Subject: Re: But why?
To: None <email@example.com>
From: David S. Miller <firstname.lastname@example.org>
Date: 10/23/1996 18:44:22
Date: Wed, 23 Oct 1996 18:06:38 -0400
From: "Perry E. Metzger" <email@example.com>
> If you can find 10 or 20 places where you can do something
> similar, what does this work out to?
On my machine, a savings of 0.4%. Still a bit of a yawn, I'd say.
You're missing my point just to be rude and obnoxious.
I frequently implement optimizations, but they tend to be better
algorithms. These usually get you BIG improvements -- things like
multiples in performance, not tiny increments.
Therefore my micro-optimization to memcpy/csum_partial_copy which gave
me 4 or 5 MB/s faster bandwidth over pipes and sockets is a SMALL
People like Alan Cox and Linus do this end of the work (your so called
"BIG improvements"), sometimes I play in this realm as well but mostly
I concentrate on architecture specific hacks which is my expertise at
least as of now.
I've said repeatedly, the kernel isn't a bottleneck for most
(I'm quoting Jacobson here, when he heard someone at a conference say
that TCP could never be made to go fast) "Bullshit!"
The cycles and the memory used by the kernel are "gone forever", no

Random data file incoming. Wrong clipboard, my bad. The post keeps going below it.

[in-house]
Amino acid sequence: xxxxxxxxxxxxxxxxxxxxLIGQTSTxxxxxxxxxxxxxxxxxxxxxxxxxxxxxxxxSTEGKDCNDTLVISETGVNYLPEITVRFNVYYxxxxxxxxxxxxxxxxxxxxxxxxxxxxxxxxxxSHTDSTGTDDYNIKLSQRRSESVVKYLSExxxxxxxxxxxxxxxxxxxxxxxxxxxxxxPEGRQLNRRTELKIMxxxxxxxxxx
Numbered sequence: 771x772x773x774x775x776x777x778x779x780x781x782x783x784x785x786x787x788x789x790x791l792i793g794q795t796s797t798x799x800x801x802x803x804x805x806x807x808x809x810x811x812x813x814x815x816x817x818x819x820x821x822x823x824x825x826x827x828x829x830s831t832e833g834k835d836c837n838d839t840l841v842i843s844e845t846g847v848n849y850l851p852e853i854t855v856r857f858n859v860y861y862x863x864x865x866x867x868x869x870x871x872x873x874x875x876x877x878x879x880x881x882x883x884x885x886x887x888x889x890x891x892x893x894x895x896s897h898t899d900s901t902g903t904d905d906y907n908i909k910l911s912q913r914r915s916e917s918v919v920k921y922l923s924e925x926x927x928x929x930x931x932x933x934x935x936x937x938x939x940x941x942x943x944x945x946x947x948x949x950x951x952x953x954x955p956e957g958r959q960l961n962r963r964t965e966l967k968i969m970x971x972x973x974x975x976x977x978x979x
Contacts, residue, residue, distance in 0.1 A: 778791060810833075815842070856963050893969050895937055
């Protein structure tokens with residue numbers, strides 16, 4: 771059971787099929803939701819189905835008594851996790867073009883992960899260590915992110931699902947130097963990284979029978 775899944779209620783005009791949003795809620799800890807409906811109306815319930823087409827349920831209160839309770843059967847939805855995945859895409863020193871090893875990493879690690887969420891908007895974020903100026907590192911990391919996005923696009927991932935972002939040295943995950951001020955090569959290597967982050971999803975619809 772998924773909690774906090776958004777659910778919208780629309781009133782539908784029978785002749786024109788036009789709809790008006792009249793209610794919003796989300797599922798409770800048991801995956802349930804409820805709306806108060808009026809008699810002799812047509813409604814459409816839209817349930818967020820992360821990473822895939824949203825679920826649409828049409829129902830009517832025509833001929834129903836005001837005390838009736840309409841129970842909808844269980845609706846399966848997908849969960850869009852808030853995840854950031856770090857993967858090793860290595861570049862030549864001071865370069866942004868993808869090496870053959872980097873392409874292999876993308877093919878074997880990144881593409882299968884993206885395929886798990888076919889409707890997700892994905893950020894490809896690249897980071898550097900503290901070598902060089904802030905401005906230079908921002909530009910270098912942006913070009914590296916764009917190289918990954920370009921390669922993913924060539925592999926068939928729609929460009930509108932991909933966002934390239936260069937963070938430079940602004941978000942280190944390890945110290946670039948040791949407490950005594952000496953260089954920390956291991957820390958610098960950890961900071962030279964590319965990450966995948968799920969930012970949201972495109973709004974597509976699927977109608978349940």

application can ever use those cycles you have lost in supervisor
mode. Every program on the system reaps the benefits of a faster OS,
why do you think QNX is so popular for the jobs it was designed to
have run under it, because it eats such a low number of cycles in
99% of the problem is in userland.
Therefore, let's make it even worse on userland by having a kernel
that eats more resources than it should. Indeed, logical.
In general, the machines are already more than fast enough for the
job, and the problem people face is application software. Those
machines that aren't fast enough need more CPU for the userland
stuff, not for the kernel.
"We have faster boxes, we can afford to let the kernel go a bit slow
because the hardware is faster now."
I am reminded repeatedly every single day by people like you why we
are indeed amidst a software crisis.
David S. Miller